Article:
Crashing Baby Showers

I’ve been to a lot of baby showers lately. And I’ve been invited to lots more than I’ve been able to attend. I don’t love attending baby showers. As an introvert, it’s a stressful kind of group setting. However, I LOVE the reason for baby showers and I do really enjoy sitting back and watching all the people at baby showers.


I love watching the mom-to-be. Whether she’s loving all the attention or not, one thing is always true. She touches her belly like 300,000 times during that shower. Loving touches. Resting of hands. Caressing. She loves that little baby. She is demonstrating that she loves it even when she is unaware that she is doing so.

baby-163634I love watching the family at baby showers. Especially the moms. The grandmothers-to-be. They are completely beside themselves with joy. Always. They love this little baby too! And they show it by hovering near the mommy, making sure everything is perfect, and hugging everyone who comes through the door.

I love watching the other guests at baby showers. Every single person there is so baby-875085happy for the joyous event that is coming. There is sadness at baby showers, too. I can usually pick out those faces because I’m one of them. Mourning the loss of a little one or the lost chance to ever bear one within your body. But even that sadness is somehow all wrapped up in joy. Babies and their arrivals are joyous occasions! And so, even though the sadness is there for some, it only goes to show what a joyful time this is. Everybody knows it. Every face shows it.

We are good at celebrating babies. Because a baby on the way is a joyous thing indeed.

Now imagine with me for just a minute. Imagine that during that beautiful, joy-filled, official welcome of a new baby into the community. Imagine that person after person walked over to that new mom, sat down beside her, and started asking…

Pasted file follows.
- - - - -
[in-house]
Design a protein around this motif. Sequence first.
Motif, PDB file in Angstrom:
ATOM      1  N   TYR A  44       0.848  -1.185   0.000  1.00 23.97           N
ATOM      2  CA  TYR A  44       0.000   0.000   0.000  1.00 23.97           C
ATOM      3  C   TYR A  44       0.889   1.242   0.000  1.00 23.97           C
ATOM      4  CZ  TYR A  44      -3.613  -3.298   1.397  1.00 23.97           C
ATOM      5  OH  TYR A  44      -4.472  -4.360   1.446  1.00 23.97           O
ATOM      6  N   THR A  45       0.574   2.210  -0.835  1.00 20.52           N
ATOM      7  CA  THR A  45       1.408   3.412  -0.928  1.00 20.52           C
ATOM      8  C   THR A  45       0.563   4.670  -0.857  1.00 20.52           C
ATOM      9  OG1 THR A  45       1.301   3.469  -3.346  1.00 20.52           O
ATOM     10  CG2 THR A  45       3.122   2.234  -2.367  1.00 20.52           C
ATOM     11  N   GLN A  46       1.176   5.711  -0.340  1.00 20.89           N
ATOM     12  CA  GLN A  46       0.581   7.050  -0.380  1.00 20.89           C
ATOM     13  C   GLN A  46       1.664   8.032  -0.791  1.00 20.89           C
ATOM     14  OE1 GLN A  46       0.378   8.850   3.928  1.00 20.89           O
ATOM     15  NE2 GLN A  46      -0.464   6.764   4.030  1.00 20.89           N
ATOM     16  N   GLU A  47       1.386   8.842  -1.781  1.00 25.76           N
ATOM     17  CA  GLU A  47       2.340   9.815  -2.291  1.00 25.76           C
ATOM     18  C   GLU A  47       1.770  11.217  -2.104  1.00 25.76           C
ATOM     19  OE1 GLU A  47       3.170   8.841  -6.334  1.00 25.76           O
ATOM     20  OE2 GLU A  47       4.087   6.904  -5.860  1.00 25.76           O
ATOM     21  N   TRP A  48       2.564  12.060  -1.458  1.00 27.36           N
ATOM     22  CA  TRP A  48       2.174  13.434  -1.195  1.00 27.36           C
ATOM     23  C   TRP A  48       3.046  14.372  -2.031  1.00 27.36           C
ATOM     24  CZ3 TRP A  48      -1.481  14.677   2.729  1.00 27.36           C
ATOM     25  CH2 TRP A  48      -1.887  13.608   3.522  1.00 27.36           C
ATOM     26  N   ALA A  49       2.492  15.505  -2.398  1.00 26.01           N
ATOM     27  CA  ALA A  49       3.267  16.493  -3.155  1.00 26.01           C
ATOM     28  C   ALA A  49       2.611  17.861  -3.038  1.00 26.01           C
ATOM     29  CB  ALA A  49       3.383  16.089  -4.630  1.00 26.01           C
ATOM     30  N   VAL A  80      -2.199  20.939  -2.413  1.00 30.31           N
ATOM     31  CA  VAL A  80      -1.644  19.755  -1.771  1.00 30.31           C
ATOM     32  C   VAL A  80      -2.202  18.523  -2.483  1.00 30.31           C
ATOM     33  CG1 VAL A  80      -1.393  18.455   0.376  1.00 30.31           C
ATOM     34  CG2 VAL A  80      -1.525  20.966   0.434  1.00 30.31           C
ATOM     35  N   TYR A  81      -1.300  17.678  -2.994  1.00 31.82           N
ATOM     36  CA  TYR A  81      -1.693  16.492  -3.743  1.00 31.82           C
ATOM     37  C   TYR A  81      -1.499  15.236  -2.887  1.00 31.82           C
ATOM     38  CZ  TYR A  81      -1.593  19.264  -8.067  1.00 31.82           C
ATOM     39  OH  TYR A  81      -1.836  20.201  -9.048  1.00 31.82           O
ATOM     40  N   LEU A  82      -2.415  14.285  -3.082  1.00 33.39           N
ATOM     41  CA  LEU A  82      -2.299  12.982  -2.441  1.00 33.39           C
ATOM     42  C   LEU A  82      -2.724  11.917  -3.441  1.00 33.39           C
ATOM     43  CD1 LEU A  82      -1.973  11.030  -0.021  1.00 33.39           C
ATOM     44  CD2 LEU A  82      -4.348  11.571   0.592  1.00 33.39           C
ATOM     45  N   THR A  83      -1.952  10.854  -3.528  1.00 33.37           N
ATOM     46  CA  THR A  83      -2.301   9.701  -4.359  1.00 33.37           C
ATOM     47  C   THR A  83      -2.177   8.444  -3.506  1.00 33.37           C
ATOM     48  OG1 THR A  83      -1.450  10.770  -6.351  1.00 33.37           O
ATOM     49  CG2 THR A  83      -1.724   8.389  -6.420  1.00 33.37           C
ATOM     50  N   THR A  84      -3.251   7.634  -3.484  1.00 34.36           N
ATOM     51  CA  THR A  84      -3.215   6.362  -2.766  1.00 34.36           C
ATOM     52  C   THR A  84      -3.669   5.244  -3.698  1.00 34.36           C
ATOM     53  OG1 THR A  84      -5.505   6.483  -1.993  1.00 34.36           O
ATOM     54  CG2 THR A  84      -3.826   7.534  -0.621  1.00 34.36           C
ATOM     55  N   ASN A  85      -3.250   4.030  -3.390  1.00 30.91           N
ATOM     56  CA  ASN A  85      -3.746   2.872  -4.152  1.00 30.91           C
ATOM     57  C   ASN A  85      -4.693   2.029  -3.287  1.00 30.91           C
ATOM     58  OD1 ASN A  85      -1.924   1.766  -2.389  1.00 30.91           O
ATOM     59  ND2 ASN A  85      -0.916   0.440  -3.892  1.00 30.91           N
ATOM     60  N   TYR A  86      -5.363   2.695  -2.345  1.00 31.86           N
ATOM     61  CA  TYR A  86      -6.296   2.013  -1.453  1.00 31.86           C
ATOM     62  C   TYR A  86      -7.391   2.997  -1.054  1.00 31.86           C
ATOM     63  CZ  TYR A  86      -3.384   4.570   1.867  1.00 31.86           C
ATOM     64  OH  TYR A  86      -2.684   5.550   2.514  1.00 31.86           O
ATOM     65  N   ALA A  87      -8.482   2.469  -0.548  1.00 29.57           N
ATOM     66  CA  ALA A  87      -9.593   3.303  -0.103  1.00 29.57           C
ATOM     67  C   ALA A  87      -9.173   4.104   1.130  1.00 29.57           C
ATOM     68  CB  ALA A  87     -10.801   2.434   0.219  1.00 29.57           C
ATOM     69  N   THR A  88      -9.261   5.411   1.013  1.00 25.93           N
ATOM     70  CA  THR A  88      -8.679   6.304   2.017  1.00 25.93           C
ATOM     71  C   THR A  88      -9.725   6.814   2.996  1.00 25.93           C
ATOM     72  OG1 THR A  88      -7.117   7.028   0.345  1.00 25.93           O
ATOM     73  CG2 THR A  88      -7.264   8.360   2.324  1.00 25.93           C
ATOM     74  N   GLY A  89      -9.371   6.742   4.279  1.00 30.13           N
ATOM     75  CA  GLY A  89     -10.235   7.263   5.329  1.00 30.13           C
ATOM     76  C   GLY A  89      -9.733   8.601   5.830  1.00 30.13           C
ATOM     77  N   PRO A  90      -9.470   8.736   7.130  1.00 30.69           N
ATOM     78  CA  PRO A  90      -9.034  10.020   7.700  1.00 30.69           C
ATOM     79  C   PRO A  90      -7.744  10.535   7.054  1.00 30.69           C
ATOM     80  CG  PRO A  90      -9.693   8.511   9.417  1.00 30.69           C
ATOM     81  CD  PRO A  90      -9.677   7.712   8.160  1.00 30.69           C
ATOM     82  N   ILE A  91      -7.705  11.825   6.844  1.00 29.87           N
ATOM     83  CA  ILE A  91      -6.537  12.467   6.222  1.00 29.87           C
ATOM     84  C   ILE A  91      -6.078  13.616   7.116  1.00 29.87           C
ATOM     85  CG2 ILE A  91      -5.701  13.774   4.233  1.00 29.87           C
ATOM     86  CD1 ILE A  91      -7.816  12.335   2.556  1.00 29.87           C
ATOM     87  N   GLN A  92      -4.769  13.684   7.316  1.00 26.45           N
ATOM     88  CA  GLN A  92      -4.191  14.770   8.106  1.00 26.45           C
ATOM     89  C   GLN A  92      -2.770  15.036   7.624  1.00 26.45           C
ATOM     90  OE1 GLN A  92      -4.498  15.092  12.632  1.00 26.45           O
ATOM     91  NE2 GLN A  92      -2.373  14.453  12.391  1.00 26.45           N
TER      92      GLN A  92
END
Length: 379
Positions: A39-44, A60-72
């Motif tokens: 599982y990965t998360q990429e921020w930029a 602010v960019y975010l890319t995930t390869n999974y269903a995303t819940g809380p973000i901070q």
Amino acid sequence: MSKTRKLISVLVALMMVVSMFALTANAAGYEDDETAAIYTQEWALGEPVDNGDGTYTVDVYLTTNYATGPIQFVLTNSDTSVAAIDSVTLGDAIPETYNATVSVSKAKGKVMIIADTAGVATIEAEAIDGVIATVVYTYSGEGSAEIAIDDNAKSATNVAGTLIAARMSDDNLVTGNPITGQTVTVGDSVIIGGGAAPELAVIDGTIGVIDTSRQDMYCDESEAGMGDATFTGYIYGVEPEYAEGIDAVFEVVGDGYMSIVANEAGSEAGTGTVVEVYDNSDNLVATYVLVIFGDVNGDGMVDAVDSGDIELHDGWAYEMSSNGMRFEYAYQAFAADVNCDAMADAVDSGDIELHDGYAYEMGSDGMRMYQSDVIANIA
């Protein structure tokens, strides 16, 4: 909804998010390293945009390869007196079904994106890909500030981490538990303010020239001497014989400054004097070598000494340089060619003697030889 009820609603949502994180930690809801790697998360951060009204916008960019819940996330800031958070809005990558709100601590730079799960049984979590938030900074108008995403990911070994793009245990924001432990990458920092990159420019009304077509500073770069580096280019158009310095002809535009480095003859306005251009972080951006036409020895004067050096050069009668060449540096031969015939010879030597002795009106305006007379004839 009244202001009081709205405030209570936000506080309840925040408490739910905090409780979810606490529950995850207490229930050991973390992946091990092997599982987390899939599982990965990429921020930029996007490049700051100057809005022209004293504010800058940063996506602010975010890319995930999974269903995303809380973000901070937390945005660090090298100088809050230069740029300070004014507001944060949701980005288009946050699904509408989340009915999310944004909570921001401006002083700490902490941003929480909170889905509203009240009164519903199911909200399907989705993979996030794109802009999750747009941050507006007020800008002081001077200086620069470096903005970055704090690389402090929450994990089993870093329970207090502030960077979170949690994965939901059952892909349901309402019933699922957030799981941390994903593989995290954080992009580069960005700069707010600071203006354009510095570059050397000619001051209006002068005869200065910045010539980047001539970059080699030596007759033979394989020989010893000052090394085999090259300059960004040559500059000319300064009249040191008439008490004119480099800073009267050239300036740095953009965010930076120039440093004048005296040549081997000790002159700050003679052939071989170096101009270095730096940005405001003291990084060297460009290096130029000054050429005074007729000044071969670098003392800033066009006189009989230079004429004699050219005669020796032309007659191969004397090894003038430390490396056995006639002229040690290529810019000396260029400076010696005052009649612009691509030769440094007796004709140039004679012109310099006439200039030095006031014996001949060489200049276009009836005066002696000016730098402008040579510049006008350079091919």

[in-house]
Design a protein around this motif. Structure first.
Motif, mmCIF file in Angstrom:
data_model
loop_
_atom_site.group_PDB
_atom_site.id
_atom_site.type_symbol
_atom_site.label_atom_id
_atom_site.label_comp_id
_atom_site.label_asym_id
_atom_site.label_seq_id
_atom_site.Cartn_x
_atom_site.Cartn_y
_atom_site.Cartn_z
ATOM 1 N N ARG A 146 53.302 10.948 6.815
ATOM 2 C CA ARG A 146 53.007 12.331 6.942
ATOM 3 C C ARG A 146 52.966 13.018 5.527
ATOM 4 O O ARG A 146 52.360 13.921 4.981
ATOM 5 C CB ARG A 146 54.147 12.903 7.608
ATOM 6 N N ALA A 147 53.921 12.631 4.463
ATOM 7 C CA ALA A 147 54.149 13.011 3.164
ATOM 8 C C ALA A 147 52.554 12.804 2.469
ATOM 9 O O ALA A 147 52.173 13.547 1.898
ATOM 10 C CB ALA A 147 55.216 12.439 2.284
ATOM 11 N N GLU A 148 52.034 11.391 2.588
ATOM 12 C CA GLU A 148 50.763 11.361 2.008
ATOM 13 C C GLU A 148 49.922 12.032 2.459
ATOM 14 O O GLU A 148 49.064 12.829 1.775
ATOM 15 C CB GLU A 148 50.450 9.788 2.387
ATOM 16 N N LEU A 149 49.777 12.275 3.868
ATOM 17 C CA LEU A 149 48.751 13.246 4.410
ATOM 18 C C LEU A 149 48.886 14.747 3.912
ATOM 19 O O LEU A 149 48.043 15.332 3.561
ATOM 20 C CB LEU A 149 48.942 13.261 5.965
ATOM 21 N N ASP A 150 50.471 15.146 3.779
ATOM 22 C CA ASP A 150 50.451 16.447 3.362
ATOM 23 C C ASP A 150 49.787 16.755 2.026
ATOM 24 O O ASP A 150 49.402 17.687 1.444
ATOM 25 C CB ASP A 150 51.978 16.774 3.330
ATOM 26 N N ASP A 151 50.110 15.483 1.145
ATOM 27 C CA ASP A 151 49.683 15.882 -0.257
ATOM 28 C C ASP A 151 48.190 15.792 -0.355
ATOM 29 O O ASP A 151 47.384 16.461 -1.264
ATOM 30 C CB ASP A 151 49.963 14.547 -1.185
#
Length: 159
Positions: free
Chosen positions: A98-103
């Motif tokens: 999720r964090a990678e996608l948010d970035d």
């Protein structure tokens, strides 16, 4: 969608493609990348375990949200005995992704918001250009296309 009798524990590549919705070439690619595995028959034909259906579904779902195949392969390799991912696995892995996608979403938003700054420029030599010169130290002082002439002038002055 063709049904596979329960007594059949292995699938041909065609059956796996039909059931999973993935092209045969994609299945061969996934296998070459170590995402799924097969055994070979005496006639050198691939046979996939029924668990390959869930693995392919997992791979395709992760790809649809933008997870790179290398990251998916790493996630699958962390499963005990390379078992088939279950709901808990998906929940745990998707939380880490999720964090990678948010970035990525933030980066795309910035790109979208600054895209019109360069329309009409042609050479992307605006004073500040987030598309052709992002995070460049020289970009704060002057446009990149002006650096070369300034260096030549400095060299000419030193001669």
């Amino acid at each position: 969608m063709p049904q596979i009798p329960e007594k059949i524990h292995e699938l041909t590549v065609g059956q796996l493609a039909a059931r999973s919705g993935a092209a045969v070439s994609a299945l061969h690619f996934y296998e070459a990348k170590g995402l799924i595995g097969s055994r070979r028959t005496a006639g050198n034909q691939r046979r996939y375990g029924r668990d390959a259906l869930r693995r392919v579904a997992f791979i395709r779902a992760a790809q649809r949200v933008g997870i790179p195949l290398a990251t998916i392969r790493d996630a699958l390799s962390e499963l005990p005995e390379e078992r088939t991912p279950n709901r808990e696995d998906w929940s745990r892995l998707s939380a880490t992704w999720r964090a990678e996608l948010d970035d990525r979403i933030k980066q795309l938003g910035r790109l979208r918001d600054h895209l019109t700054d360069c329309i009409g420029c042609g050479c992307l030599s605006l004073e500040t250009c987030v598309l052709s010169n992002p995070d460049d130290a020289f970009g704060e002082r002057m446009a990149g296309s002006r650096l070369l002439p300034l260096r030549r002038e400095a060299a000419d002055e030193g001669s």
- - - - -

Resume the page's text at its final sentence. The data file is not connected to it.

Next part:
“Was this an accident?”
“Don’t you have enough?”
“Are you sure you’re going to be able to provide everything this child needs?”
“Don’t you know that babies are TONS of work?”
“Aren’t you afraid that your baby will mess up your house?”
“What about your other kids? Sometimes adding a new baby can really make it hard for them!”

This isn’t really ok at baby showers. Or really ever. But especially not at baby showers. Baby showers are about communal support and joyful expectation for the new life that is joining their midst.

Can I share a little tidbit? Families who reach out to children at risk – through hosting, foster care, adoption, etc. Those families don’t typically have a physical baby shower. But there does come a time when they choose to share publicly the joyful addition to their family. And quite often…their “baby showers” get crashed.

Crashed with questions. Horror stories. Rude comments. Criticisms. Ignorance. Prejudice.

I understand that you have questions. I know you’ve heard horror stories. I am aware that you don’t really understand our family dynamic or why we are building our family this way. I am thankful that you have genuine concern for the health and safety of our family. I know my baby doesn’t come as a clean, perfectly wrapped bundle of pale pink or blue. I know they come dirty, maybe with lice, a load of trauma, smelly clothes, and quite possibly the naughtiest behaviors in their classes. My babies don’t come in a beautiful new car seat, with a cute “coming home” outfit carefully prepared. There’s no carefully decorated nursery. No piles of gifts just waiting to be put to use. There’s no visits, no mealtrains, no cards, no flowers.